A deeply compelling exploration of the death industry and the people—morticians, detectives, crime scene cleaners, embalmers, executioners—who work in it and what led them there.
We are surrounded by death. It is in our news, our nursery rhymes, our true-crime podcasts. Yet from a young age, we are told that death is something to be feared. How are we supposed to know what we’re so afraid of, when we are never given the chance to look?
Fueled by a childhood fascination with death, journalist Hayley Campbell searches for answers in the people who make a living by working with the dead. Along the way, she encounters mass fatality investigators, embalmers, and a former executioner who is responsible for ending sixty-two lives. She meets gravediggers who have already dug their own graves, visits a cryonics facility in Michigan, goes for late-night Chinese with a homicide detective, and questions a man whose job it is to make crime scenes disappear.
Through Campbell’s incisive and candid interviews with these people who see death every day, she asks: Why would someone choose this kind of life? Does it change you as a person? And are we missing something vital by letting death remain hidden? A dazzling work of cultural criticism, All the Living and the Dead weaves together reportage with memoir, history, and philosophy, to offer readers a fascinating look into the psychology of Western death.
Hayley Campbell is an author, broadcaster, and journalist. Her work has appeared in WIRED, The Guardian, New Statesman, Empire, GQ, and more. Her books include All the Living and the Dead and The Art of Neil Gaiman. She lives in London with her cat, Ned.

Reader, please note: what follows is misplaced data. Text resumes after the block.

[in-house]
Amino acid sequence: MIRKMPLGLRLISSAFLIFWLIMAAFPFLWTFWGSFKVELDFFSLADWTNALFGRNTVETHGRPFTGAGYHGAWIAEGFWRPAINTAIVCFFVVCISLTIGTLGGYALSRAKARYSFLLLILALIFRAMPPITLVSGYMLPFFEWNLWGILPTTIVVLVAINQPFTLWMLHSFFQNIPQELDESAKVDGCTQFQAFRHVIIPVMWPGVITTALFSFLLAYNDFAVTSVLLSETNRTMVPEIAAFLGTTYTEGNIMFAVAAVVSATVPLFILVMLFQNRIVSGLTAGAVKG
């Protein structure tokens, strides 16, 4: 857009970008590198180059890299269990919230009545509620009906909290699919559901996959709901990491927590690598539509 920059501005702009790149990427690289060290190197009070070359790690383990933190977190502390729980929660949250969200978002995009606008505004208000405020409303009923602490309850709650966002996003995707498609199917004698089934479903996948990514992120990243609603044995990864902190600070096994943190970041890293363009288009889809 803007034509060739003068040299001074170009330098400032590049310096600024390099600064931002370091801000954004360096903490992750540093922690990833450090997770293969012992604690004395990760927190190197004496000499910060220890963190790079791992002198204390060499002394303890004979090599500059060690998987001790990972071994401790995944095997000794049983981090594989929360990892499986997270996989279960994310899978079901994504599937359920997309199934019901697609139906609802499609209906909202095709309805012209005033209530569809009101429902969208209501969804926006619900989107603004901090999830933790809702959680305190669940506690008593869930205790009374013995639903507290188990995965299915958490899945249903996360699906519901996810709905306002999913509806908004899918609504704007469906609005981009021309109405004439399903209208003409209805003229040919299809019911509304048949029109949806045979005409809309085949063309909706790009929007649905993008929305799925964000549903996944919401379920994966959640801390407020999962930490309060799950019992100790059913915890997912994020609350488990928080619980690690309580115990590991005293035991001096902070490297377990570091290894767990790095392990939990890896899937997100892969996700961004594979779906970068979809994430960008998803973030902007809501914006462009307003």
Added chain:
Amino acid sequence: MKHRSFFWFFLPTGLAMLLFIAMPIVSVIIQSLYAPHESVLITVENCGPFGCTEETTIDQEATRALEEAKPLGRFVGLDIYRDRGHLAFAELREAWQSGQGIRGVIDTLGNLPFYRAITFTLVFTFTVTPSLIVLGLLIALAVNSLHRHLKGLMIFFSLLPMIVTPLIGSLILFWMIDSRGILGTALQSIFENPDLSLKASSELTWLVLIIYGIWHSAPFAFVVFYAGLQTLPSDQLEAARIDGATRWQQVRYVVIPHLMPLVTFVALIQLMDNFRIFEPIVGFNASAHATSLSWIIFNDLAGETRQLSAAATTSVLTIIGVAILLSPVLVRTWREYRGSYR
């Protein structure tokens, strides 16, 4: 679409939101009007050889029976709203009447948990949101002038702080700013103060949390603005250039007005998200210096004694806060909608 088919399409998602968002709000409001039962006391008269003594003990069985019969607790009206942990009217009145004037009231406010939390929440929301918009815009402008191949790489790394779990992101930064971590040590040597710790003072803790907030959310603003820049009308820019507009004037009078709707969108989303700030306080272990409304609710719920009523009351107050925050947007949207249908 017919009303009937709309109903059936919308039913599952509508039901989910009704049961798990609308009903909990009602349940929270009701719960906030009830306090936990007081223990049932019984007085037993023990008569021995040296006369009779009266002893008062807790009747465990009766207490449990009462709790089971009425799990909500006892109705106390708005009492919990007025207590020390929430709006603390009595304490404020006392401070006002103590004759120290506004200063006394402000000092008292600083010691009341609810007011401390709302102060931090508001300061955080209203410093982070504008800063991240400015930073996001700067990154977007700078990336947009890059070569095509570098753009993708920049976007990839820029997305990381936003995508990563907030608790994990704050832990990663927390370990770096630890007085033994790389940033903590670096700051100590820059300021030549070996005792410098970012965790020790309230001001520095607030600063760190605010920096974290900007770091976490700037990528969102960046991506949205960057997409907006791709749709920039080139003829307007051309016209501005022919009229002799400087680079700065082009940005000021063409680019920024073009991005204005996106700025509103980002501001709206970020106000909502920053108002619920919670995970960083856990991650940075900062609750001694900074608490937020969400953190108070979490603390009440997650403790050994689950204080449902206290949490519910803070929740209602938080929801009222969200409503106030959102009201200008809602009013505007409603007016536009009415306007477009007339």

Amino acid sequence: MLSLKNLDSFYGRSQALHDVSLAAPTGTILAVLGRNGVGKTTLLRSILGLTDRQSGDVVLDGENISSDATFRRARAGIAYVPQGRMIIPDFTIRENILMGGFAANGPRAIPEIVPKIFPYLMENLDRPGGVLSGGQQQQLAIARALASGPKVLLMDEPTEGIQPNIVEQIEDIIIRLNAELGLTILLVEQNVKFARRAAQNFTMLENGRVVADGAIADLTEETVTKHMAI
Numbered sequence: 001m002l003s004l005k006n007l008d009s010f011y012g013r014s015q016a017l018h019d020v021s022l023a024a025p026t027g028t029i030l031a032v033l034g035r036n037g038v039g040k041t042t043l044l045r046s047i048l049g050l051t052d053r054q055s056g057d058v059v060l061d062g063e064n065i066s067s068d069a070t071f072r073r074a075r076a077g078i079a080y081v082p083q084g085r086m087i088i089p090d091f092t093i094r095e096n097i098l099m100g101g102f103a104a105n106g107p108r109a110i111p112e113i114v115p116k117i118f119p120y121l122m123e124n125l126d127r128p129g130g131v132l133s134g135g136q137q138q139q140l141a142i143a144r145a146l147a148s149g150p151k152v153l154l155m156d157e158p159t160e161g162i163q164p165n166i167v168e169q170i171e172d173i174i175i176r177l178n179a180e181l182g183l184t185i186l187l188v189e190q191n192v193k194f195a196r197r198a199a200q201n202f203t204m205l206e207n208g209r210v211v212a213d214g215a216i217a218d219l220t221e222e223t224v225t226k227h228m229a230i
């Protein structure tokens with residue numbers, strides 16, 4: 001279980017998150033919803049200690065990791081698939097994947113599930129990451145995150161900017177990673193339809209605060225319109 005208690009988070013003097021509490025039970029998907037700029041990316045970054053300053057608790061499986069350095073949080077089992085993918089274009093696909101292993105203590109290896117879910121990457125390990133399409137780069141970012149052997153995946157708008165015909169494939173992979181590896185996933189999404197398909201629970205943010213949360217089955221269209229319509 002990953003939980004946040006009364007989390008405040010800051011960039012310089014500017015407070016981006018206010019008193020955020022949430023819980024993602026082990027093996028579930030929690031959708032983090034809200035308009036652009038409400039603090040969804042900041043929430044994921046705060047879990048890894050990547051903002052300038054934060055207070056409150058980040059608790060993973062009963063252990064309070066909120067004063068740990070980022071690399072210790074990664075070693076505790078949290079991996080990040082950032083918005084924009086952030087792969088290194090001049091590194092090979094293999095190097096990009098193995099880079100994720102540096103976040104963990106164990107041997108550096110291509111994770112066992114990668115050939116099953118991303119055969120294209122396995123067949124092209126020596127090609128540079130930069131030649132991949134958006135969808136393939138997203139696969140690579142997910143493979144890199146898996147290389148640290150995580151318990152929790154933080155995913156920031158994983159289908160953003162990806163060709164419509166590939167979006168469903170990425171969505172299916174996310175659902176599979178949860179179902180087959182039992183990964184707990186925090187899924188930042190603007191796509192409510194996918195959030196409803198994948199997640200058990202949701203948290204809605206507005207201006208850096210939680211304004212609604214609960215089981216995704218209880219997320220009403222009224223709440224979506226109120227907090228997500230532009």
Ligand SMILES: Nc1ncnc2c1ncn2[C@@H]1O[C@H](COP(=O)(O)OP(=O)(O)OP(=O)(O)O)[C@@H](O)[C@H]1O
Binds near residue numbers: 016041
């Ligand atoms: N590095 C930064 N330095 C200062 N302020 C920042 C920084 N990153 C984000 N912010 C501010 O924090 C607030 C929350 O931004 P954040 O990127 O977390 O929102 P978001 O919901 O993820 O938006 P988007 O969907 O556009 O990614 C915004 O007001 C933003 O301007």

"Campbell is a gorgeous writer, capturing the exquisite pathos and gallows humor found in folks who spend their lives working with the dead. Anyone who has ever considered death work will devour this book." —Caitlin Doughty, New York Times bestselling author of Smoke Gets in Your Eyes
“How should we live, when death is always with us? All the Living and the Dead is a book about death, and how to stop pretending about it. Hayley Campbell is working out a philosophy of death by getting close to it; holding it; asking interesting questions of people who spend their lives dealing with it. This is an essential, compassionate, honest examination of how we deal with death, and how it changes the living.” —Audrey Niffenegger, New York Times bestselling author of The Time Traveler's Wife
“This book is moving, funny, and liable to unexpectedly cause me to tear up. It's about the head and the heart of death, about who we are, and is filled with images and moments that will remain in my head until the end. A gentle book and, like death itself, an unexpectedly kind one.” —Neil Gaiman, New York Times bestselling author of Good Omens and Coraline
"Ms. Campbell’s book is more than a written narrative, it is a map across uneven and untraveled land. It’s [Campbell's] raw, unguarded honesty that takes her book beyond many others of similar subject. At times humorous and always informative, humanity sets All the Living and the Dead apart." —Wall Street Journal